Main content area

Functional and structural differences between the prion protein from two alleles prnpa and prnpb of mouse

Brown, David R., Iordanova, Ilina K., Wong, Boon‐Seng, Vénien‐Bryan, Catherine, Hafiz, Farida, Glasssmith, Leslie L., Sy, Man‐Sun, Gambetti, Pierluigi, Jones, Ian M., Clive, Christine, Haswell, Stephen J.
European journal of biochemistry 2000 v.267 no.8 pp. 2452-2459
alleles, copper, glycoproteins, mice, neurons, prions, scrapie, superoxide dismutase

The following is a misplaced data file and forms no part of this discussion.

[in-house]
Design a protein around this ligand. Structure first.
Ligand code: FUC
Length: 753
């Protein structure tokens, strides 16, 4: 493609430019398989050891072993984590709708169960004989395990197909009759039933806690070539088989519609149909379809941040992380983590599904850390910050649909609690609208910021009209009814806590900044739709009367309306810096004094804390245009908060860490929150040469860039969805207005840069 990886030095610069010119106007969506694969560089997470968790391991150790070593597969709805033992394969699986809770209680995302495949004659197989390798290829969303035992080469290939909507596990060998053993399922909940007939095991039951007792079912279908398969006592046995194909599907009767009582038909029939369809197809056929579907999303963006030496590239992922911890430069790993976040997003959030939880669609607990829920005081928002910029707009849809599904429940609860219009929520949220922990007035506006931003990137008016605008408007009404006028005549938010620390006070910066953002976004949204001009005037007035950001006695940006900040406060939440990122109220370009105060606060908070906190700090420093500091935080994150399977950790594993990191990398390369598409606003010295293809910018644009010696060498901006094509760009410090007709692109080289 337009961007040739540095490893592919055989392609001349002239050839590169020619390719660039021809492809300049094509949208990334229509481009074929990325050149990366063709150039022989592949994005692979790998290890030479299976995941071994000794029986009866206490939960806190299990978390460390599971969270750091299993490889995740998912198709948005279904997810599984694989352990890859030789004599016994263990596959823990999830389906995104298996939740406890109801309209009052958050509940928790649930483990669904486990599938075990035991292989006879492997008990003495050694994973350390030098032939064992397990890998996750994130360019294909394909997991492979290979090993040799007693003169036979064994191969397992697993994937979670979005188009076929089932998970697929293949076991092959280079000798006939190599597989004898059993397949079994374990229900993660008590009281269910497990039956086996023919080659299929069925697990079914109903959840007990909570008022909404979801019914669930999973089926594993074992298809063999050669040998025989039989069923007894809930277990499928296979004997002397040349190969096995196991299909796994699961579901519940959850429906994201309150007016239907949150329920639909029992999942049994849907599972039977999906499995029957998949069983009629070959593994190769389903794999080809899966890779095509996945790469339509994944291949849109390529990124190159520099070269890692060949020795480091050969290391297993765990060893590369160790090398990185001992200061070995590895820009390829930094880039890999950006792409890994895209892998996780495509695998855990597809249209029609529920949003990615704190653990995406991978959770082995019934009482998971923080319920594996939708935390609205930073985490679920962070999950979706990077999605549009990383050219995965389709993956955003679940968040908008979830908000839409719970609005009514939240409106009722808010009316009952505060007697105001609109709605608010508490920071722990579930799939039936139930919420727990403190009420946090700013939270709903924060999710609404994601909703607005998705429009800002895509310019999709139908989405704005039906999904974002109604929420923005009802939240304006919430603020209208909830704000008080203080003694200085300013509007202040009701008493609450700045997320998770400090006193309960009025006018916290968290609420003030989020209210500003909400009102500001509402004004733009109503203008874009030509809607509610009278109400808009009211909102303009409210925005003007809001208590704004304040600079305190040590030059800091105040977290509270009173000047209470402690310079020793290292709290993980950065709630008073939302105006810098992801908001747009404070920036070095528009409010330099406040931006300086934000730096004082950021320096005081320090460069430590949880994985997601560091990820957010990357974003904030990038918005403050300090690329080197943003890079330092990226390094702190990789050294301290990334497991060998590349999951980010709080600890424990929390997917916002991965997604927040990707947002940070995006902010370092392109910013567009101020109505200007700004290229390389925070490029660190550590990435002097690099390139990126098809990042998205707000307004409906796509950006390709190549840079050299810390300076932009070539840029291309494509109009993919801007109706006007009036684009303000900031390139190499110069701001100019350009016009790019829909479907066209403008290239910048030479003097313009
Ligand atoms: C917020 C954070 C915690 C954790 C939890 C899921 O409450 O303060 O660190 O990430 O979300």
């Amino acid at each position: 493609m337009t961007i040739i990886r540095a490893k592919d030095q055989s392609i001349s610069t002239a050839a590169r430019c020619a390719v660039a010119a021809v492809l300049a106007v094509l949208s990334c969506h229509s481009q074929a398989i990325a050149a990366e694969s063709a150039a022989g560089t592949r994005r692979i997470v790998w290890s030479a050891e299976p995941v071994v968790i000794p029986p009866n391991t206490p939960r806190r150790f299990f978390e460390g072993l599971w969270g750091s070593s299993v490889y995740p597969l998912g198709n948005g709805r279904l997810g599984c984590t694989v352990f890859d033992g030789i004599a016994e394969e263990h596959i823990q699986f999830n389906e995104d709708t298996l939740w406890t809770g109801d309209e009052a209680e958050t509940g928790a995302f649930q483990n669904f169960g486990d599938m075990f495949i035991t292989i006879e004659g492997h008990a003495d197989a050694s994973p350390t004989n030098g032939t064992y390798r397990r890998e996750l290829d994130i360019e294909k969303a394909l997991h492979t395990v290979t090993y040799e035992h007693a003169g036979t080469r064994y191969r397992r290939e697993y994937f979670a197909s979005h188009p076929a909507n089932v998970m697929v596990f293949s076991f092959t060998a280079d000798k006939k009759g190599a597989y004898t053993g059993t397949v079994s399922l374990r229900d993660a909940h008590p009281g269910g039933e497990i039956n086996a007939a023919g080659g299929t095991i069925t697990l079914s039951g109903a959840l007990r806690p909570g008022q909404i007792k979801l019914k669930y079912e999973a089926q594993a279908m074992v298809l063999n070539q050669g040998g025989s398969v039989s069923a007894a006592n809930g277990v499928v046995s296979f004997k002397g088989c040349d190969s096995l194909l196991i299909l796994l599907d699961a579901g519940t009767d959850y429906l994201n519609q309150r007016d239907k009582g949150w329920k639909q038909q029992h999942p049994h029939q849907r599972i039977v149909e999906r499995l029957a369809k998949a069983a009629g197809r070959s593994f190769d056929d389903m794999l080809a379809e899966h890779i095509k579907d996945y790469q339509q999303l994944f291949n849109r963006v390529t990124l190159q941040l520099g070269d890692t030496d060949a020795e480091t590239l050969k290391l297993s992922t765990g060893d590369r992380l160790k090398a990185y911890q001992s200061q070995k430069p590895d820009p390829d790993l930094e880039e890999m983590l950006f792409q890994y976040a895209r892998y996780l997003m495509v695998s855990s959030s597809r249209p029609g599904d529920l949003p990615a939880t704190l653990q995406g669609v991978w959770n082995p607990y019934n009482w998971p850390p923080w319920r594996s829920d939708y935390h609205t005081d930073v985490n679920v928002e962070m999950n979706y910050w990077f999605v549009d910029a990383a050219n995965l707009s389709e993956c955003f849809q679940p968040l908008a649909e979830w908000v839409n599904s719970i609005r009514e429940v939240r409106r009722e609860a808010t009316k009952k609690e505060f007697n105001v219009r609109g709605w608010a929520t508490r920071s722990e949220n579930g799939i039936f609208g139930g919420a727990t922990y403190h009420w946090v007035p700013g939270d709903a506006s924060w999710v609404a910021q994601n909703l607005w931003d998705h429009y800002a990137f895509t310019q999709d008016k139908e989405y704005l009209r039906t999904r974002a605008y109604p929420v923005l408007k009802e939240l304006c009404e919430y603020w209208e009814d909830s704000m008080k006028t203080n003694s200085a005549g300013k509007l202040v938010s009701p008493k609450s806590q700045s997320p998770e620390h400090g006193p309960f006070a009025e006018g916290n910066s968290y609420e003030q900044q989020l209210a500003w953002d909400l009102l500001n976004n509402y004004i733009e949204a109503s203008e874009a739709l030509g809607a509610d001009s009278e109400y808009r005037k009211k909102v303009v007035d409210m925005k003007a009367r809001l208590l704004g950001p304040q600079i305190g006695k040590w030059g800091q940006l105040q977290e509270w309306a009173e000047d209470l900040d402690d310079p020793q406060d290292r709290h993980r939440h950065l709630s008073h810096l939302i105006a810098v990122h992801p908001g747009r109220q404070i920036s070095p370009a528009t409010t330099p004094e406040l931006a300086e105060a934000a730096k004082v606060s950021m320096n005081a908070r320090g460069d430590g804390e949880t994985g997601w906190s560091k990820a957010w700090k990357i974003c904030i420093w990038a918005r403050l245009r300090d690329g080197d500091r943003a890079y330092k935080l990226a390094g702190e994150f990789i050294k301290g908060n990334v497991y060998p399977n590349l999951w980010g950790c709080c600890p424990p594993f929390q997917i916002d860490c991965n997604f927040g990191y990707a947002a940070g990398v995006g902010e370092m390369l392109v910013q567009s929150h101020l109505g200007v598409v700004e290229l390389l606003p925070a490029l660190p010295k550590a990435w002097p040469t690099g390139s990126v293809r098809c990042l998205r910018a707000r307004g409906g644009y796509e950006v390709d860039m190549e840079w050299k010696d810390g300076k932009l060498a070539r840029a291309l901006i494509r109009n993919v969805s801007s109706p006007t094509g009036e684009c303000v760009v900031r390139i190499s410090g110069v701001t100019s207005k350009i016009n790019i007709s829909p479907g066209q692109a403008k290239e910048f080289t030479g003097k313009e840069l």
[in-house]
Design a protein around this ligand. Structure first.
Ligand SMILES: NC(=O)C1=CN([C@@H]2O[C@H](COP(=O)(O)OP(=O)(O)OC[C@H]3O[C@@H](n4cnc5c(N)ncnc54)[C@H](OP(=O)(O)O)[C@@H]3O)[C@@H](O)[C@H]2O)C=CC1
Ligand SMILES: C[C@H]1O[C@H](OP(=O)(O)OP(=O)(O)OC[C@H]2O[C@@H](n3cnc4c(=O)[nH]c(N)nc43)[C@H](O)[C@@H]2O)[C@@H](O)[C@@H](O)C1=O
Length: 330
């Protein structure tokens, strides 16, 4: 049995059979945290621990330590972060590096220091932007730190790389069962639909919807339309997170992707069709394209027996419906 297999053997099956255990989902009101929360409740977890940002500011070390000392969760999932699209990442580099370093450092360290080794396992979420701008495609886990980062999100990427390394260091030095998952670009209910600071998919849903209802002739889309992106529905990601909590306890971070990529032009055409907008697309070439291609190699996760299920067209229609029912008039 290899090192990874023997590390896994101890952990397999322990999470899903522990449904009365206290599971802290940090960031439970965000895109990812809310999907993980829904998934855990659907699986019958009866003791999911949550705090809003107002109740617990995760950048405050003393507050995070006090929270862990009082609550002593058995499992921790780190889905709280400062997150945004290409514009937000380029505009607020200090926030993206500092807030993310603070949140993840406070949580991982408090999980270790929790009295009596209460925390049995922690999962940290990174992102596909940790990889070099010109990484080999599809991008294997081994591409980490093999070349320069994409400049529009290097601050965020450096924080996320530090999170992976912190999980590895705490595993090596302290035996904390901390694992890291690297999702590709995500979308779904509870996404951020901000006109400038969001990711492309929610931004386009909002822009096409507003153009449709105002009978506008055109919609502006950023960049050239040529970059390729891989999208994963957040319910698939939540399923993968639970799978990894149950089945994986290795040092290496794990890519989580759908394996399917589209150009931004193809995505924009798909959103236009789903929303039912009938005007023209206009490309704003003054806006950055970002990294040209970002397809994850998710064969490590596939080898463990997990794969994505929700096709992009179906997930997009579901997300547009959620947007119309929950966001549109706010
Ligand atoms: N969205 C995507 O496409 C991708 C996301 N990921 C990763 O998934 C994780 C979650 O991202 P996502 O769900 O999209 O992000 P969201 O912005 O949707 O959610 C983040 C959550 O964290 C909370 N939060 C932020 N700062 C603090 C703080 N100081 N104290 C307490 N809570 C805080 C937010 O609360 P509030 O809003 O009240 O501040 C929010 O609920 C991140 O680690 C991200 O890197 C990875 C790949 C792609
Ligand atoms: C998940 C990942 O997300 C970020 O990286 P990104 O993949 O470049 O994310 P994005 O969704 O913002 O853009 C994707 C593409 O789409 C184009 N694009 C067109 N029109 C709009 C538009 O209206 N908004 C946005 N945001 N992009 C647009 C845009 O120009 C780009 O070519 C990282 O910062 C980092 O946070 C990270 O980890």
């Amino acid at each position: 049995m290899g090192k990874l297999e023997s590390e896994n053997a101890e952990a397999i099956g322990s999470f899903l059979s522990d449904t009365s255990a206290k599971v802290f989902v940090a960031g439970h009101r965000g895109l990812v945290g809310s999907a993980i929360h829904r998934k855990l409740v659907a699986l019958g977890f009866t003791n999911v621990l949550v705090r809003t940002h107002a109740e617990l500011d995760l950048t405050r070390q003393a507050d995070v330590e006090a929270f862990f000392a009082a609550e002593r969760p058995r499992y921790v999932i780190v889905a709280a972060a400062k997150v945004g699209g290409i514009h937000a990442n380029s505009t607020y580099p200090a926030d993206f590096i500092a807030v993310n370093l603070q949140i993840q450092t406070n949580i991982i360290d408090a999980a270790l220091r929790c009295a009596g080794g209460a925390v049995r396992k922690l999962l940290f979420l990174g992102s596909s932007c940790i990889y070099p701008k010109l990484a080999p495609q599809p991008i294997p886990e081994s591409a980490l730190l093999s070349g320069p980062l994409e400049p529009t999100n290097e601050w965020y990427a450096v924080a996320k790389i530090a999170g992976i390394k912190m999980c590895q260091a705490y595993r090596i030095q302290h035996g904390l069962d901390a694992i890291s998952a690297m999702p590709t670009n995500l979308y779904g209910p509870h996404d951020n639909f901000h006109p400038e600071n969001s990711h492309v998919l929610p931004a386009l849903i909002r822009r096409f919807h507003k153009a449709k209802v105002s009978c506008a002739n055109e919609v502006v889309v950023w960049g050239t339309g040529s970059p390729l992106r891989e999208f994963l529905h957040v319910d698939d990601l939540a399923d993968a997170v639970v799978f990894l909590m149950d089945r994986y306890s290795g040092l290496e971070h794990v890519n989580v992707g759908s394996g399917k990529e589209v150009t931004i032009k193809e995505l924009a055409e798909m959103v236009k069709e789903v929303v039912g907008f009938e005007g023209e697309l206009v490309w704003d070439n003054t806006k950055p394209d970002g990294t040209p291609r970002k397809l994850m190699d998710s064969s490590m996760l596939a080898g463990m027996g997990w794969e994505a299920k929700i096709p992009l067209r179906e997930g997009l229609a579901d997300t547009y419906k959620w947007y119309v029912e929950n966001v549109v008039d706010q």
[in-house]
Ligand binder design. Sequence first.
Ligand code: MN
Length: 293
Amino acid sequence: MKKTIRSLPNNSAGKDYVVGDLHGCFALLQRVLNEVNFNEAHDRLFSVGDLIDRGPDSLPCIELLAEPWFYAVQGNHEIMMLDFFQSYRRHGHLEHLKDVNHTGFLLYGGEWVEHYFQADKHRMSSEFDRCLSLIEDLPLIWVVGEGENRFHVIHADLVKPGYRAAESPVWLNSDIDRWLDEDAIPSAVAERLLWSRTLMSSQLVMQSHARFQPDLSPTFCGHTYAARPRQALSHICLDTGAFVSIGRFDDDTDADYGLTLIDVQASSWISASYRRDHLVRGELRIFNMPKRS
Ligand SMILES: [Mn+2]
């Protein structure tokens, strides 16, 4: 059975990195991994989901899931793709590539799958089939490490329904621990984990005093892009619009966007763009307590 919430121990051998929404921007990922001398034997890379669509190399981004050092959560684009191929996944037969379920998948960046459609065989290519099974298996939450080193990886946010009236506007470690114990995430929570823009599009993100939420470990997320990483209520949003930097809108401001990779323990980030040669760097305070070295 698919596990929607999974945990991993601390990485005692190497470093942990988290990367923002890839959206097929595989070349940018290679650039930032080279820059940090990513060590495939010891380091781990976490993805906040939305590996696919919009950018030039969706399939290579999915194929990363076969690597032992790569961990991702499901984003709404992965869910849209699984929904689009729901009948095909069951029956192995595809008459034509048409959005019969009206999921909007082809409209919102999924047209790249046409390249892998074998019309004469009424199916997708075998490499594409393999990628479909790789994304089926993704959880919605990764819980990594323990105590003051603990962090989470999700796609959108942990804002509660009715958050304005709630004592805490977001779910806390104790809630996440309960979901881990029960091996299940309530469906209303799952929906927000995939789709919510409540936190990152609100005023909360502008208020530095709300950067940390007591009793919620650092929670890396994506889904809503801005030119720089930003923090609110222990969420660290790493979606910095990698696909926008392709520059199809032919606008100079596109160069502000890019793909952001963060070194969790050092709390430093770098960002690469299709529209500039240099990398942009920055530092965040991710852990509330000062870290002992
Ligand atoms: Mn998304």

The prion protein is a glycoprotein expressed by neurones and other cells. In its holo‐form it binds copper and exhibits superoxide dismutase activity. Studies in mice have led to the description of two distinct alleles. Differences in these alleles are linked to long and short incubation times following infection with scrapie. We studied recombinant mouse protein corresponding to the products of either allele and two intermediates carrying single amino‐acid residue substitutions. The different forms of the prion protein exhibited differences in superoxide dismutase (SOD) activity and conformation. Intermediates with single substitutions were less stable than either allelic product. The findings provide insight into the differences between the two alleles and might have consequences for understanding differences in susceptibility to prion disease.